Craig, I hear you. My WIP is sci-fi, as well, and I like the escape of it (although trying to keep it realistic, and hopefully the human element hopefully keeps it rooted). And while this all did make me think about the minor subplot with a spreading disease in an enclosed living space, I kept the pandemic out of it. Stuck to what I found fascinating - zero gravity reactivating dormant viruses in your body.

Hope you're all staying safe and productive. And sane. Keep talking here to help keep me sane.

The Noise In Space said...

I actually shelved a new released I’d been waiting to get for months because it only vaguely referenced characters in quarantine. I have no idea how long it will be before something like that is appealing to me again, if ever. I’m not watching Contagion or Outbreak in the evenings, I’m watching Shaun the Sheep and trying not to cry. But I know there are large groups of people doing the opposite, so *shrug*.

Katja said...

Hm, what is the exact age for middle grade again?

I'm just wondering because my first thought is that young kids and pandemic doesn't go together. Just my opinion... especially while I'm trying to get that article I wrote out there.

Might be just me, though.

CarolJ said...

After reading the blog post and the comments, I'm feeling more comfortable that I decided to adjust the timeline in my current contemporary novel so it ends just before the virus hits the state where the book is set. I clipped scenes that couldn't be pushed back to hold them for the next book in the series, and I'm down to two situations that require new ones.

I think there will be readers who want an upbeat ending to help cope with what they've been through, and may still be going through when the book comes out. Fits my goal of writing about life, love and second chances.

So thank you all!

AJ Blythe said...

Like many others, it will be a long time before I want to read anything about this. I certainly couldn't write about it, so will continue on my merry way writing in covid-ignorance until instructed to do otherwise :)

Jennifer R. Donohue said...

Megan V I've always thought of FRIENDS as a 90's show, so I was very confused by your comment until Google told me that it ran until 2004! Whoops!

At the beginning of last year, I started submitting a short story that maybe isn't even scifi anymore, necessarily, due to the world we live in. It's an awkward, slightly too-long length and was getting nice rejections, but. Rejections. So I whined about it on Twitter, as I try not to do too often, editor asked me about it. And has picked it up. So I think sometimes, there is still hope (particularly if the story still has hope!)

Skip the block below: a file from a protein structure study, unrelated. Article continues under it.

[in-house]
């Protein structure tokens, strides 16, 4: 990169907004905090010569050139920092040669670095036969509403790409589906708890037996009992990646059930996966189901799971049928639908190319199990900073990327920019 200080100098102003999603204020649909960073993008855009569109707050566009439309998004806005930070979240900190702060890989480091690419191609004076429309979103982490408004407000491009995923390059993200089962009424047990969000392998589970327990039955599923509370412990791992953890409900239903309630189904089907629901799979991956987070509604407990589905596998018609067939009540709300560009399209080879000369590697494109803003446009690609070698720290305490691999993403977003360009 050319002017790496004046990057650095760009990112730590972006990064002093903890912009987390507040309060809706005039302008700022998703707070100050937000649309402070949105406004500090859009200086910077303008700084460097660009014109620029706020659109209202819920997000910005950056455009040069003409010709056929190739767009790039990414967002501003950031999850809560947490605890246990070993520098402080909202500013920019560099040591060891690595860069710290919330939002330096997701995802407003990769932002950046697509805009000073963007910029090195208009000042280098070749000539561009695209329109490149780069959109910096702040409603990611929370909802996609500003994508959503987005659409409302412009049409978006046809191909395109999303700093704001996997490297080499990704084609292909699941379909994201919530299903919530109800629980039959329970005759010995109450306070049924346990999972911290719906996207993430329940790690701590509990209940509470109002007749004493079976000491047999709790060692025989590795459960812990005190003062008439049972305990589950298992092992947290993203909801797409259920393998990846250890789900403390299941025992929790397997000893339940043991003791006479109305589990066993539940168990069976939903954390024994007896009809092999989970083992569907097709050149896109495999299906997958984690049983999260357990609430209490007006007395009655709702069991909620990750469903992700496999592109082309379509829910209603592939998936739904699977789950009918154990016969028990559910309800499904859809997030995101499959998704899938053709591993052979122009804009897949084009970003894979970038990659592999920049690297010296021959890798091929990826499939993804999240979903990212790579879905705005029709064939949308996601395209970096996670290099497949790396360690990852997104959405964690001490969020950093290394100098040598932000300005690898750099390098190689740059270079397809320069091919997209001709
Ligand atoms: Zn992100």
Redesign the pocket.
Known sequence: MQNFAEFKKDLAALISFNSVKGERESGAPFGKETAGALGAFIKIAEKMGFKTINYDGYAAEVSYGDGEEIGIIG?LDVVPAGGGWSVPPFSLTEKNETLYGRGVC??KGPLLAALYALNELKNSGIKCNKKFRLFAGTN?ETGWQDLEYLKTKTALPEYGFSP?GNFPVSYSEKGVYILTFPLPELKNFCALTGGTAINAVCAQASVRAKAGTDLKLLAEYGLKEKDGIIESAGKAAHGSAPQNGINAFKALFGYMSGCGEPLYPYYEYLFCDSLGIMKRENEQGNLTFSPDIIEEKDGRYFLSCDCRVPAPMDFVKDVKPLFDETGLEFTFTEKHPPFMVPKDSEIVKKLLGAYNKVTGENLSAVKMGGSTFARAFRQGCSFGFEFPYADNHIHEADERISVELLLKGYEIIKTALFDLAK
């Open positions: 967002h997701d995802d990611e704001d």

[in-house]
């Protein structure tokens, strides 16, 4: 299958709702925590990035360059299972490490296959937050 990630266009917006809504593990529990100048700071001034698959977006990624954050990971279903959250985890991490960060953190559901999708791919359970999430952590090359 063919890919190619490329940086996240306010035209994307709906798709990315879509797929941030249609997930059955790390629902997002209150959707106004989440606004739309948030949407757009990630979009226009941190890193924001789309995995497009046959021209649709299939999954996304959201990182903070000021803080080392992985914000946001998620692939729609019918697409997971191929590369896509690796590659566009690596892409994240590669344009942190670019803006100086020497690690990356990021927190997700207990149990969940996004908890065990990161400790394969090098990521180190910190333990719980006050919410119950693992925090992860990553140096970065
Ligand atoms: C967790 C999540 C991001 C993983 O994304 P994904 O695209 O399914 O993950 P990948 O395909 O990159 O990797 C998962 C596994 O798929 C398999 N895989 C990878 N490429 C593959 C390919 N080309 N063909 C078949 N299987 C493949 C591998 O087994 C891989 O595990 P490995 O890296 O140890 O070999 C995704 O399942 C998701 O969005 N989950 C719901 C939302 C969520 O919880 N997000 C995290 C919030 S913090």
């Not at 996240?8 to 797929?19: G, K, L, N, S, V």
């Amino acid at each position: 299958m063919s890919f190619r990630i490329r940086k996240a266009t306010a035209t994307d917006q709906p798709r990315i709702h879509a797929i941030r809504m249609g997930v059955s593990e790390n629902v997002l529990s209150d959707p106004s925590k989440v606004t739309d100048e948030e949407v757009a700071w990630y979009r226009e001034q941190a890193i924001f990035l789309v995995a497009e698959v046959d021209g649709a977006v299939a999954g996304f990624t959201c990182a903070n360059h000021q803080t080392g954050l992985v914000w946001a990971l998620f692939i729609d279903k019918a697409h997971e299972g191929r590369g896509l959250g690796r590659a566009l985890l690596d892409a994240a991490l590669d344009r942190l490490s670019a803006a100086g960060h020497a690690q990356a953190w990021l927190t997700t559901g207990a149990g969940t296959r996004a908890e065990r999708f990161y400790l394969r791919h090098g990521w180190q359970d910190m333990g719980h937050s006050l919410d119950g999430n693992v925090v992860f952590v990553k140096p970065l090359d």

With regards to my works in progress (which, weirdly, are all scifi), either the world as it is has no bearing on the world that I'm writing, or the timeline has advanced such that I can drop in a reference and it's no big deal. Or I can leave out the reference and it's no big deal. It's interesting to think about people who write more to "the real world", though, and how that will (or won't!) change what they write. I really look forward to it, actually.

AQA said...

First of all, excuse my English. I read it quite well, but I don't have the same skills writing it. Let me tell you I am new to your blog and I love it.

I'm from Catalonia, Spain. About your last point, we have different phone numbers and indications if we suffer these kind of situations. There is a protocol for civilians. Police was told to be specially carefull about this kind of problems. We are asked to call by ourselves if we hear some kind of things, to care about our neighbours. It's not only about murder and physical violence, but sexual abuse. We are trying to "protect" women and children, and other kind of possible victims, from loneliness and its effects too. Definitely, I think violence increased. There's a lot of difficult situations at homes, as usual, but not having somewhere to go and alcohol abuse, can worsen it. I suppose we will have data later. It's something that worries me too.

KDJames said...

Reading all this, I keep thinking back to what Sol Stein said in his book Stein on Writing (paraphrasing): the purpose of non-fiction is to impart information; the purpose of fiction is to evoke emotion.

My emotions about a pandemic are already evoked, and in an unpleasant way, thankyouverymuch. I have no interest in reading fiction that's going to escalate or poke at those feelings. Maybe not ever.

But I've come to realize there are two very broad, general groups of response to this current situation: those who have been personally affected by worry and/or grief over loved ones, and those who have not. It's not affecting all of us the same way. It may never deeply touch the lives of some very lucky people, other than the minor inconvenience of isolation or (mostly) temporary economic woes. It feels impossible to me, but some people may never process this as life or death stakes.

So, as with anything in writing, it depends. But I suspect that, given the major impact it's having on NYC and that most of publishing lives there or has close contacts there, this might not be the best topic to include in fiction right now if you hope to take the traditional publishing path.

Thanks for asking the question, OP. It helped me clarify some thoughts.